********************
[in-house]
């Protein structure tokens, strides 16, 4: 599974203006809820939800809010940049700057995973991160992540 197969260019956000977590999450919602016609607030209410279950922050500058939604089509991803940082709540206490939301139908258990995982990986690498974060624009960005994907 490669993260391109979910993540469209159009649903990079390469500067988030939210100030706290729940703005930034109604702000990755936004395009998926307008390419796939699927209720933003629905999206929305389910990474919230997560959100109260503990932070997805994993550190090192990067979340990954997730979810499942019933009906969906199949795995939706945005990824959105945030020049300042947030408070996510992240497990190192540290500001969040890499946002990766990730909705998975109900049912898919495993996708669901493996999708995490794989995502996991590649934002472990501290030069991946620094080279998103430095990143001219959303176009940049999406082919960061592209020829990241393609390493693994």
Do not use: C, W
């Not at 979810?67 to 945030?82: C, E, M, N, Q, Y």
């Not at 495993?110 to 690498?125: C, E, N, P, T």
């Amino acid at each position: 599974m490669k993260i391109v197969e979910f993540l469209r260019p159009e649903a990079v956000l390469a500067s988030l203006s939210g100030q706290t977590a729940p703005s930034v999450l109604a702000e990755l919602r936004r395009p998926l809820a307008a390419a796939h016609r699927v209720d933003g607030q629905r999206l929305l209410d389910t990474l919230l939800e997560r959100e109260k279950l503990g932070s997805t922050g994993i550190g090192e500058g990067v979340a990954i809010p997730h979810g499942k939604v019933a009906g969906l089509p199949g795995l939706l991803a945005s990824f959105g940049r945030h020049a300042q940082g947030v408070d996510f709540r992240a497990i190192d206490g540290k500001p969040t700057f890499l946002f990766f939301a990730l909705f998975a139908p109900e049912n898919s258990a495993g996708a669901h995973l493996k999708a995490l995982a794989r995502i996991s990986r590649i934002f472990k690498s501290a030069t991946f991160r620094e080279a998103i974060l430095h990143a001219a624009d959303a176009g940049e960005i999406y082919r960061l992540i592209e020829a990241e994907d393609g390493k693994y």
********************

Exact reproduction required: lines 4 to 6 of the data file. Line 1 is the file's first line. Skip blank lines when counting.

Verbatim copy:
């Not at 979810?67 to 945030?82: C, E, M, N, Q, Y």
């Not at 495993?110 to 690498?125: C, E, N, P, T």
């Amino acid at each position: 599974m490669k993260i391109v197969e979910f993540l469209r260019p159009e649903a990079v956000l390469a500067s988030l203006s939210g100030q706290t977590a729940p703005s930034v999450l109604a702000e990755l919602r936004r395009p998926l809820a307008a390419a796939h016609r699927v209720d933003g607030q629905r999206l929305l209410d389910t990474l919230l939800e997560r959100e109260k279950l503990g932070s997805t922050g994993i550190g090192e500058g990067v979340a990954i809010p997730h979810g499942k939604v019933a009906g969906l089509p199949g795995l939706l991803a945005s990824f959105g940049r945030h020049a300042q940082g947030v408070d996510f709540r992240a497990i190192d206490g540290k500001p969040t700057f890499l946002f990766f939301a990730l909705f998975a139908p109900e049912n898919s258990a495993g996708a669901h995973l493996k999708a995490l995982a794989r995502i996991s990986r590649i934002f472990k690498s501290a030069t991946f991160r620094e080279a998103i974060l430095h990143a001219a624009d959303a176009g940049e960005i999406y082919r960061l992540i592209e020829a990241e994907d393609g390493k693994y």